(Sir Hayden Phillips) It is an amazing example of
210. Are you satisfied with the way the courts
(Sir Hayden Phillips) We are never satisfied. We have
indicated in the hearing this afternoon that we have a whole range
of improvements to make in the way the administration is run.
211. Do you have a league table of the performance
(Sir Hayden Phillips) We have a whole series of information
about the different performance of courts in different areas.
We have them as shown in this report and in further information
I sent to the Committee the other day about fine enforcement.
We have similar information in league tables about delays and
that is for the first time. This information has not generally
been available to the Department.
212. How accountable are the courts?
(Sir Hayden Phillips) They are accountable locally
to magistrates' courts committees. We are responsible for funding
them and for giving guidance on the appointment of magistrates.
Do not please think that we are complacent about this, neither
about the efficiency of the courts nor about the range of penalties
at our disposal nor about our determination to improve it.
213. Have you ever been in a magistrates' court?
(Sir Hayden Phillips) Yes.
(Sir Hayden Phillips) About a year ago.
215. What did you think?
(Sir Hayden Phillips) I thought they did an amazing
job with people coming forward.
216. Did you? I sat in a magistrates' court
and watched what was going on and I was never so appalled in my
life. There were people sitting at the back, shouting and swearing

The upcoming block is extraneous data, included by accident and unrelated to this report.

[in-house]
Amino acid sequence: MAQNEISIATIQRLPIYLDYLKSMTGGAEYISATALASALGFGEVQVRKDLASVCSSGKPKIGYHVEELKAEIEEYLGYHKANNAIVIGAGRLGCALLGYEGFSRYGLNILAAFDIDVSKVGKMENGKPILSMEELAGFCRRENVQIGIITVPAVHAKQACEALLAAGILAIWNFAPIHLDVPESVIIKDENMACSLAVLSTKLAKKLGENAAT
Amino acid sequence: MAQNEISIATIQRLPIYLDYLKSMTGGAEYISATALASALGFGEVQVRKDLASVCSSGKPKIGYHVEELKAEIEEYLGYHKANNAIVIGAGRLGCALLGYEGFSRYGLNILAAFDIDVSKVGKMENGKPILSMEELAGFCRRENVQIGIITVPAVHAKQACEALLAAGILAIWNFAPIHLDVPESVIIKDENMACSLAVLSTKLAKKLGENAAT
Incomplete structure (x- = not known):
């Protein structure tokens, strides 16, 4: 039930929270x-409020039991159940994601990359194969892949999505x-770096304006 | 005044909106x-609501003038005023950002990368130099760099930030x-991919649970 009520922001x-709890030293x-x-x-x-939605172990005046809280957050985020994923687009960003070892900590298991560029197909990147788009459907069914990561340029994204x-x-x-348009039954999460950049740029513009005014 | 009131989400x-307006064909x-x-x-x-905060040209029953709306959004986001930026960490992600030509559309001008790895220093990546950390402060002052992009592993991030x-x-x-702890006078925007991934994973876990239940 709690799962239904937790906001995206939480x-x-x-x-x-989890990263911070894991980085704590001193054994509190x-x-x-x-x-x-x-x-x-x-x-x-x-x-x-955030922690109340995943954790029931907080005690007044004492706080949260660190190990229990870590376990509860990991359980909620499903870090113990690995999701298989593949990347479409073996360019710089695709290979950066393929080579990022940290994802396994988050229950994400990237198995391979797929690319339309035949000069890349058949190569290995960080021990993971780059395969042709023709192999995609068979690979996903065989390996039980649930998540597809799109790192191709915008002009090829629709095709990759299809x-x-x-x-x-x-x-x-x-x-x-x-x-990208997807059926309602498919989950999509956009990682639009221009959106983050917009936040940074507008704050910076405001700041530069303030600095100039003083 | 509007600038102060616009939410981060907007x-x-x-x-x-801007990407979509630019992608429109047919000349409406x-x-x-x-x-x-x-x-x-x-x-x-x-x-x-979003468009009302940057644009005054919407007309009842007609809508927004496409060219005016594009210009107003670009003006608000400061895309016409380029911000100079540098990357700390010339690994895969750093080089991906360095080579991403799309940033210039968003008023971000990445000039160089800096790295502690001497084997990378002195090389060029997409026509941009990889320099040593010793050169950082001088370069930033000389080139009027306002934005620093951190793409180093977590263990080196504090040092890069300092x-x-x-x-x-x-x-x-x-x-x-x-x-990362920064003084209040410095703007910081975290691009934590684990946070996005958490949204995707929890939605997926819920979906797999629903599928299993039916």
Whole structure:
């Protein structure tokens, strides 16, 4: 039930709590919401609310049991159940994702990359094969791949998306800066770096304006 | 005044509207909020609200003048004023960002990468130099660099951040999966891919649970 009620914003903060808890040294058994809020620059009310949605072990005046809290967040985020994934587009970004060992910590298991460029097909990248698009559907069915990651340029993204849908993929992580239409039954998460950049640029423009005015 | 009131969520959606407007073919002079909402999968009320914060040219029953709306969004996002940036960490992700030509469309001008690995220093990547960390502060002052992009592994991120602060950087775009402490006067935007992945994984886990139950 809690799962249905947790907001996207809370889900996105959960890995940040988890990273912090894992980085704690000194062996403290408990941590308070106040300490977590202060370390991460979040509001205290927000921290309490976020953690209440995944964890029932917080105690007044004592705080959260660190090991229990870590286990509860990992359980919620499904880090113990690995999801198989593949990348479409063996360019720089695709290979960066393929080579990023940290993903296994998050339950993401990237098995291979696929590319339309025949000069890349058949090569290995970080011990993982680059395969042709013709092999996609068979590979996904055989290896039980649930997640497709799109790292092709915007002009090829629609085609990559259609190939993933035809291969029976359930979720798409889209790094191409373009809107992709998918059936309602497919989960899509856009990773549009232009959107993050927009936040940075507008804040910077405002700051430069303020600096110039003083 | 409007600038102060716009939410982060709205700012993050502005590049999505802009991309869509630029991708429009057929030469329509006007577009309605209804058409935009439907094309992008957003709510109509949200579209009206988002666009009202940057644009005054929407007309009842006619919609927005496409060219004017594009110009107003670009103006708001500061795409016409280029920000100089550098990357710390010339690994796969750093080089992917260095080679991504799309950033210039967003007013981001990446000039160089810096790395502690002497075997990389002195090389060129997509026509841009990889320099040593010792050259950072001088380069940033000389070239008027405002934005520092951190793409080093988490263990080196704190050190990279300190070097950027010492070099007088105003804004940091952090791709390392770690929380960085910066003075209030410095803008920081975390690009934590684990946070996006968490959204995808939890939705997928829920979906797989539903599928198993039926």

at the magistrates, cursing and nothing was done about it. There
was absolutely no respect at all for the magistrates who were
in the court. It was just an absolute shambles and they are supposed
to be the custodians of law and order. For example paragraph 2.10
on page 17 says that the court officers did not tell the magistrates
who had not paid their fines and who had paid their fines. I find
that amazing. You do not need a computer to do that. How did they
do it without computers? We have only had computers over the last
20 years. The computer gets the blame. How can it be condoned
that the courts cannot tell the magistrates that Mr X who is coming
in front of them has been fined four times in the last six months
and has not paid his fine once.
(Sir Hayden Phillips) I do not condone it, nor do
you condone it. The reality is that it happens in some of these
217. The court is therefore complacent and inefficient.
(Sir Hayden Phillips) What we are trying to do is
to make sure people do not have the opportunity to say they did
not have time to collect that information, they did not have time
to put that information together. We are trying to give people
the resources so that sort of thing does not happen again.
218. The reports tell us that 2,000 people were
sent to prison two years ago whereas 22,000 were sent to prison
ten years ago for not paying their fines. So we have a situation
where, if you do not pay your fine you do not now get sent to
prison for defaulting. There is another amazing statistic as well.
Not only are we not sending people to prison for not paying their
fines, if you look at figure four on page 11, the number of fines
being given now has gone down from 80% in 1987 to 70% in 1999.
We are not sending people to prison, we are not fining them. What
are we doing if they commit an offence?
(Sir Hayden Phillips) They will be receiving a range
of other community penalties of one sort or another.
219. Have you ever visited a community service
(Sir Hayden Phillips) No, I have not.
Mr Steinberg: May I suggest you do? I
visited one and if that is punishment, then I will eat hay with
a cuddy, as they say in Durhameat hay with a donkey.